As TV campaigns start
Christmas shopping starts early amid supply fears
Marks & Spencer is among the retailers to begin Christmas TV advertising
Shoppers have begun their Christmas shopping early, heading to high streets and retail parks in greater numbers amid ongoing concerns over supply shortages.
Marks & Spencer has said nearly half of customers expect to have finished gift shopping by the end of November.
A spokeswoman for John Lewis Group, which includes Waitrose, said customers were “making plans and getting ready earlier than normal”.
She said that “after last year” customers were “keen to enjoy the festivities as much as possible this year”.
The two retailers, along with TK Maxx launched their Christmas television advertising campaigns earlier this year.
Retail expert Steve Dresser of Grocery Insight said people were “spooked about shortages of stock”.
October shop footfall was higher than in September, according to the British Retail Consortium, though this would be expected in the run-up to the festive season.
Scottish footfall rose 2.7% month-on-month, but was 17% lower than October 2019. This is below the UK average decline of 13.7% (Yo2Y). For the third consecutive month, Scotland saw the deepest decline in footfall of all UK regions except for London.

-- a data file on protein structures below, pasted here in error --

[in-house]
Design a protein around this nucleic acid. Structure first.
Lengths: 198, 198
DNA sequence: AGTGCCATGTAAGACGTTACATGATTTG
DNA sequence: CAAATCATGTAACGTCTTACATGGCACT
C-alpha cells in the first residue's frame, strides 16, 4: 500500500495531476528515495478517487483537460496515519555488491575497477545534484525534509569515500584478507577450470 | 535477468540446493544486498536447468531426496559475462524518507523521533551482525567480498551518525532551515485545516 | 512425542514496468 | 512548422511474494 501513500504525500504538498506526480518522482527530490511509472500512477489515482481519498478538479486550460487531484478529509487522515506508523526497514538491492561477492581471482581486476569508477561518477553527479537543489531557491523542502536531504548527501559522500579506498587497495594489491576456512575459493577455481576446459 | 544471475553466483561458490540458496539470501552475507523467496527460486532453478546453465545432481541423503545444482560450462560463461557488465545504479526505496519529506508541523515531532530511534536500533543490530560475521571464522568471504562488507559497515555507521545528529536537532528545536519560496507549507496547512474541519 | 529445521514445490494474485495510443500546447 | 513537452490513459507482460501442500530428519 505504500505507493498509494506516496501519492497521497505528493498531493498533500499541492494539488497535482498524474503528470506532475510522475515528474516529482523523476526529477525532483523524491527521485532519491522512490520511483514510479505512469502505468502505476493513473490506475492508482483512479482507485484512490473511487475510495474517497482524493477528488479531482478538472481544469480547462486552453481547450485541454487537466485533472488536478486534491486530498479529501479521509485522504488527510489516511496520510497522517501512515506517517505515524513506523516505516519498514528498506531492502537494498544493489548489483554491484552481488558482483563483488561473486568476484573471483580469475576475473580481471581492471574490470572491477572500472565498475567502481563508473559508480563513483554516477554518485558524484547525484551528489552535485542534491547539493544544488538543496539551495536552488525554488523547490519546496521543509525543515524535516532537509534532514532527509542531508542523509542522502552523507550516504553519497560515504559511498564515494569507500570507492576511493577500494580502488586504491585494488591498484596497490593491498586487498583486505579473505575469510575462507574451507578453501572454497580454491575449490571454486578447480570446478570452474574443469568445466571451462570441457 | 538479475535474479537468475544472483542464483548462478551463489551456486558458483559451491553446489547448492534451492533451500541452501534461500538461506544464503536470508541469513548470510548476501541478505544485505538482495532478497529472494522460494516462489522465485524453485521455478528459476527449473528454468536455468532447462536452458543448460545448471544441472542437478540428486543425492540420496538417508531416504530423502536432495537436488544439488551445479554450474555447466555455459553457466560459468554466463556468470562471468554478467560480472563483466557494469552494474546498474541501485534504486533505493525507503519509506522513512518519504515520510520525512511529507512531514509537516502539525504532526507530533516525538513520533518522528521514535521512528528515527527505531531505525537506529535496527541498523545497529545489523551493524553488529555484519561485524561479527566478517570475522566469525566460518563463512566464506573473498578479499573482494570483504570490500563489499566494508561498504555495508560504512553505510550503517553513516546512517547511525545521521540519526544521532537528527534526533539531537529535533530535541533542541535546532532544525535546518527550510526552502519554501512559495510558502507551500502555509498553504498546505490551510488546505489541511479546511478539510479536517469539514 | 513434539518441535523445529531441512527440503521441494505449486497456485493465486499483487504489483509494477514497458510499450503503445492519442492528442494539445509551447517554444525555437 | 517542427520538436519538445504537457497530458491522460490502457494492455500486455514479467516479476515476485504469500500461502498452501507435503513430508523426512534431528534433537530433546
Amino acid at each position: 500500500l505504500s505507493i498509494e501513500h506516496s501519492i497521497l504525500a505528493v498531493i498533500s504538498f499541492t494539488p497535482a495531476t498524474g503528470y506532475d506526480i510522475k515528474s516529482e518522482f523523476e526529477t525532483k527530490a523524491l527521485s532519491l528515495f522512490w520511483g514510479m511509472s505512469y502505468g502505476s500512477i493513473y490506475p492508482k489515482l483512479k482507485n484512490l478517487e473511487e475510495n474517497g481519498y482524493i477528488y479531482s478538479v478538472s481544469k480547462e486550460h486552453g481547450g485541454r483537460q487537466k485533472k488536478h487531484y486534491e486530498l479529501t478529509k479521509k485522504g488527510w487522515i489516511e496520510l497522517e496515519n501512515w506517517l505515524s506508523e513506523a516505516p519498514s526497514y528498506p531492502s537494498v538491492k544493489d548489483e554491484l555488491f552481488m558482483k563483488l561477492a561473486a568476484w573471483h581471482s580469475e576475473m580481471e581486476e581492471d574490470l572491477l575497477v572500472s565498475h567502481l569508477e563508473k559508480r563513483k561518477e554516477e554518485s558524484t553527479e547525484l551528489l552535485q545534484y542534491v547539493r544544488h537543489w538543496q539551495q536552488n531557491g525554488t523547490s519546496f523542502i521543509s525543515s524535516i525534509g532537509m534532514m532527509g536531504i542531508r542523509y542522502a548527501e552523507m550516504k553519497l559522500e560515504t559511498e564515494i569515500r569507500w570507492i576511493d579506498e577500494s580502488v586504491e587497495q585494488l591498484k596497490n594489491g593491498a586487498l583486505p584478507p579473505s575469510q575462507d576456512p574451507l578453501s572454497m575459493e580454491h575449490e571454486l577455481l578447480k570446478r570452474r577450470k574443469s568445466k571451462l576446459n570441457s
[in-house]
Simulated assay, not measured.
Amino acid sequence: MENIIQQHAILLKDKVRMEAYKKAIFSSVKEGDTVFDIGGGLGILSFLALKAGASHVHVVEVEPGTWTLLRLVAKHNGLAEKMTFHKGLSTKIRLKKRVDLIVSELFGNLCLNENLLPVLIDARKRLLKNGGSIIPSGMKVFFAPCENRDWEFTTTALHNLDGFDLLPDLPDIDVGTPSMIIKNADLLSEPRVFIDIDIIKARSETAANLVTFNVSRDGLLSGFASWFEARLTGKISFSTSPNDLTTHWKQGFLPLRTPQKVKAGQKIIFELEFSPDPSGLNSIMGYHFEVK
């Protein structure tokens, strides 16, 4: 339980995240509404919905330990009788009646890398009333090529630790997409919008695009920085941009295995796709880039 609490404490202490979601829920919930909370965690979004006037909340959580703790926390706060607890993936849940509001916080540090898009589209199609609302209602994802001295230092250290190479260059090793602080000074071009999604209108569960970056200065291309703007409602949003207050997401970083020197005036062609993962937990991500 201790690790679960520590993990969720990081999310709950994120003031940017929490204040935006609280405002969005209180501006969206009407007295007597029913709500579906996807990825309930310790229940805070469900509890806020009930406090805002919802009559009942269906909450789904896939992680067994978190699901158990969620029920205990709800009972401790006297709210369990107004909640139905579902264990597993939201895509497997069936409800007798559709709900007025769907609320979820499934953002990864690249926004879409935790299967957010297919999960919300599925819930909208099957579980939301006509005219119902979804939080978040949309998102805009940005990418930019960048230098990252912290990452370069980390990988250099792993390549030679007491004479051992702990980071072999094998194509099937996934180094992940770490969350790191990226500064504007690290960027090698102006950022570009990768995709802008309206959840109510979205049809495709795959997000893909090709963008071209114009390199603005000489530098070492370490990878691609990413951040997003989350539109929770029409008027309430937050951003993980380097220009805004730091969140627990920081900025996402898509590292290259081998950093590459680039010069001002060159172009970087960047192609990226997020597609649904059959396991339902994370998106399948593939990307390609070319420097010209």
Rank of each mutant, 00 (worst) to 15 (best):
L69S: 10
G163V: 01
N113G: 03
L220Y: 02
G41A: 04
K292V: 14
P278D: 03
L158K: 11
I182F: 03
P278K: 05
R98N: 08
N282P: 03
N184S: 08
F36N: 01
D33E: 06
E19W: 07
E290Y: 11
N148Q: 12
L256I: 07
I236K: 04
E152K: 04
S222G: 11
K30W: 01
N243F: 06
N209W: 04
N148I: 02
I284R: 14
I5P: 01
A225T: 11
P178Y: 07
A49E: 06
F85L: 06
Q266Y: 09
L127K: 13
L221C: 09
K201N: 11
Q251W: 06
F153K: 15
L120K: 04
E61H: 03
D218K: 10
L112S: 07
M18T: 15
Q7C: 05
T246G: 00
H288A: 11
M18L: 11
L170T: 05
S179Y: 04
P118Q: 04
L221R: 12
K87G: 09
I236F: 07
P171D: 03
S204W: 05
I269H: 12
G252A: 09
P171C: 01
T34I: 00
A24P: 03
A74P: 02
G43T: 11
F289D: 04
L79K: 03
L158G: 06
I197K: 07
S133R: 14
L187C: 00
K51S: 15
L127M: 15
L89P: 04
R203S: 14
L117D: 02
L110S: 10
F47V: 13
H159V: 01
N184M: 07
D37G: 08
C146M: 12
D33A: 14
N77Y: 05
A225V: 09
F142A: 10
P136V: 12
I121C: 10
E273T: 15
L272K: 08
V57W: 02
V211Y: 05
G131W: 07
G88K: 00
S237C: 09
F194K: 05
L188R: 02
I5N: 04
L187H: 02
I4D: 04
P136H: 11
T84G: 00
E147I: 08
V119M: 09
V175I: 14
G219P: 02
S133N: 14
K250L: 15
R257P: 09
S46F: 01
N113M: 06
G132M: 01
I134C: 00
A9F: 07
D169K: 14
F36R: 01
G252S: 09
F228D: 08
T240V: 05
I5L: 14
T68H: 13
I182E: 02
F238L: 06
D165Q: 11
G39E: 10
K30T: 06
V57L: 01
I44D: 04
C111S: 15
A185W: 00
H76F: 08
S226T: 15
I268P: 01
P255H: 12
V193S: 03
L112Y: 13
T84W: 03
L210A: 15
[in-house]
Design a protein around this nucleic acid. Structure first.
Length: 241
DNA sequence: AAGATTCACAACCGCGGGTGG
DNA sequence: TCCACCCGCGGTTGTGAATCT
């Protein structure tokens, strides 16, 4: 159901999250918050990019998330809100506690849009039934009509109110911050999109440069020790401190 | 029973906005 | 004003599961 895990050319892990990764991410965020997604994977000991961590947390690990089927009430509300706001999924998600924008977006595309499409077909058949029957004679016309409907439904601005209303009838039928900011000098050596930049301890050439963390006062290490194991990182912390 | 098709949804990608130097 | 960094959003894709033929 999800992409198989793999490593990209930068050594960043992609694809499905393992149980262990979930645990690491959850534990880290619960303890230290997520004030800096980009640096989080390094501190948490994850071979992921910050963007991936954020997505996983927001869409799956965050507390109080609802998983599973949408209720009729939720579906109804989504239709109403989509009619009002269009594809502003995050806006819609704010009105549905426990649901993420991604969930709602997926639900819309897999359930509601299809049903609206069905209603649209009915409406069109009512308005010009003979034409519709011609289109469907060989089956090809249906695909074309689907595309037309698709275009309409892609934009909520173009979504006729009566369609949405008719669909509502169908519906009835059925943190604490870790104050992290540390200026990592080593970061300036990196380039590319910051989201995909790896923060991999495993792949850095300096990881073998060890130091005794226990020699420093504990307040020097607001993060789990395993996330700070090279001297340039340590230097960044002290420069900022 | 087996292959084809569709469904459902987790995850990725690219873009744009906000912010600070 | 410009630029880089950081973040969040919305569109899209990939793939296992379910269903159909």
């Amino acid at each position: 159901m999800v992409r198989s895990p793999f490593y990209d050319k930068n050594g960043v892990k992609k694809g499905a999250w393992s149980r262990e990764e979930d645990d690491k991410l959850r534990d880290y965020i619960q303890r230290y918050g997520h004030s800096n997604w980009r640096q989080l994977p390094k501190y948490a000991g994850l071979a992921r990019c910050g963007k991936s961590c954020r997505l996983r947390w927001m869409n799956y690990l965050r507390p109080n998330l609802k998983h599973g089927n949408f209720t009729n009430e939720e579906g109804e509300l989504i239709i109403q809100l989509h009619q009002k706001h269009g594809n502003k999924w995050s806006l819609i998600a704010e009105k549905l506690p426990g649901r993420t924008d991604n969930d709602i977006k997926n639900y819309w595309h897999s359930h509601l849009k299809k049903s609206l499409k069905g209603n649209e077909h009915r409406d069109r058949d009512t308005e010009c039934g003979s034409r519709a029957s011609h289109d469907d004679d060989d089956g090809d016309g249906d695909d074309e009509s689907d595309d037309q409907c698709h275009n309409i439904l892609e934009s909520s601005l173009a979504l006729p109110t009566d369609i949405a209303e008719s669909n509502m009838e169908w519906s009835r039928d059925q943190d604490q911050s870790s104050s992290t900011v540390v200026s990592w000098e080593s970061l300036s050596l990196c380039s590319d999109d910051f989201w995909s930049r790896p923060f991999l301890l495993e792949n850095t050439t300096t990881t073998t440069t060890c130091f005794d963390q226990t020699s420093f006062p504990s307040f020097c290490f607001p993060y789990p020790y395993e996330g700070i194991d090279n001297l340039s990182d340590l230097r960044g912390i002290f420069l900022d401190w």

Shopping Centre rose from September but is down by 26.3% on two years ago.
The fall in footfall compared to 2019 has been offset by the rise in online shopping, although this has declined since it peaked during the height of the Covid pandemic.
UK footfall was ahead of Spain, Germany, Italy and France, according to BRC data.
David Lonsdale, director at the Scottish Retail Consortium, said: “Retailers can finally spot a chink of light after a couple of dismal years as Scots started their Christmas purchases in October by rediscovering the pleasure of in-person shopping.
“Visits to retail destinations witnessed a welcome, if unspectacular, improvement after plateauing over recent months.
“Six months on from the end of lockdown closures, and two months on from the removal of most in-store restrictions, footfall reached its highest levels of the year compared to before the pandemic.
“The improvement was felt across all retail destinations, although the recovery in Scottish footfall remains protracted and continues to lag every other part of the UK other than London.
“This renewed level of physical shopping will lift retailers’ spirits in the most critical trading period of the year for many. It comes days after the positive news that Scottish Ministers will not progress plans to close shops on New Year’s Day.”